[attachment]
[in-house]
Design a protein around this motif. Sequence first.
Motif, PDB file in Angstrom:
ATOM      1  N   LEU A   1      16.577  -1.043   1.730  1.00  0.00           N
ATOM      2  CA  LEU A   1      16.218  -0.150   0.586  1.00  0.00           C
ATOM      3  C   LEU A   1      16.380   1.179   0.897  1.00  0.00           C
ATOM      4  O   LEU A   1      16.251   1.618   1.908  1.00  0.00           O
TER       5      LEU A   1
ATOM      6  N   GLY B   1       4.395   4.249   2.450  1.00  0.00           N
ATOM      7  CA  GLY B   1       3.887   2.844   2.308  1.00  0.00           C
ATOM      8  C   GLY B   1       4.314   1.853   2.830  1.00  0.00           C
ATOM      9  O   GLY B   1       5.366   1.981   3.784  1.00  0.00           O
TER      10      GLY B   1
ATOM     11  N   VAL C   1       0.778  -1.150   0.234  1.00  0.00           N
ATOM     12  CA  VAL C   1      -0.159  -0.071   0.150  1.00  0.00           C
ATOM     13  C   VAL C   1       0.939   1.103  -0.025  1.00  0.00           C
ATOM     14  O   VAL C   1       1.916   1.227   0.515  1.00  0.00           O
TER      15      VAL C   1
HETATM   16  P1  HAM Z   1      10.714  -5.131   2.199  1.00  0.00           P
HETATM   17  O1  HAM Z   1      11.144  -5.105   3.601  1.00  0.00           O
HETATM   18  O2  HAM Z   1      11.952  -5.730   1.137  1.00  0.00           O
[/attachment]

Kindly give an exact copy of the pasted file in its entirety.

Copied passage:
[in-house]
Design a protein around this motif. Sequence first.
Motif, PDB file in Angstrom:
ATOM      1  N   LEU A   1      16.577  -1.043   1.730  1.00  0.00           N
ATOM      2  CA  LEU A   1      16.218  -0.150   0.586  1.00  0.00           C
ATOM      3  C   LEU A   1      16.380   1.179   0.897  1.00  0.00           C
ATOM      4  O   LEU A   1      16.251   1.618   1.908  1.00  0.00           O
TER       5      LEU A   1
ATOM      6  N   GLY B   1       4.395   4.249   2.450  1.00  0.00           N
ATOM      7  CA  GLY B   1       3.887   2.844   2.308  1.00  0.00           C
ATOM      8  C   GLY B   1       4.314   1.853   2.830  1.00  0.00           C
ATOM      9  O   GLY B   1       5.366   1.981   3.784  1.00  0.00           O
TER      10      GLY B   1
ATOM     11  N   VAL C   1       0.778  -1.150   0.234  1.00  0.00           N
ATOM     12  CA  VAL C   1      -0.159  -0.071   0.150  1.00  0.00           C
ATOM     13  C   VAL C   1       0.939   1.103  -0.025  1.00  0.00           C
ATOM     14  O   VAL C   1       1.916   1.227   0.515  1.00  0.00           O
TER      15      VAL C   1
HETATM   16  P1  HAM Z   1      10.714  -5.131   2.199  1.00  0.00           P
HETATM   17  O1  HAM Z   1      11.144  -5.105   3.601  1.00  0.00           O
HETATM   18  O2  HAM Z   1      11.952  -5.730   1.137  1.00  0.00           O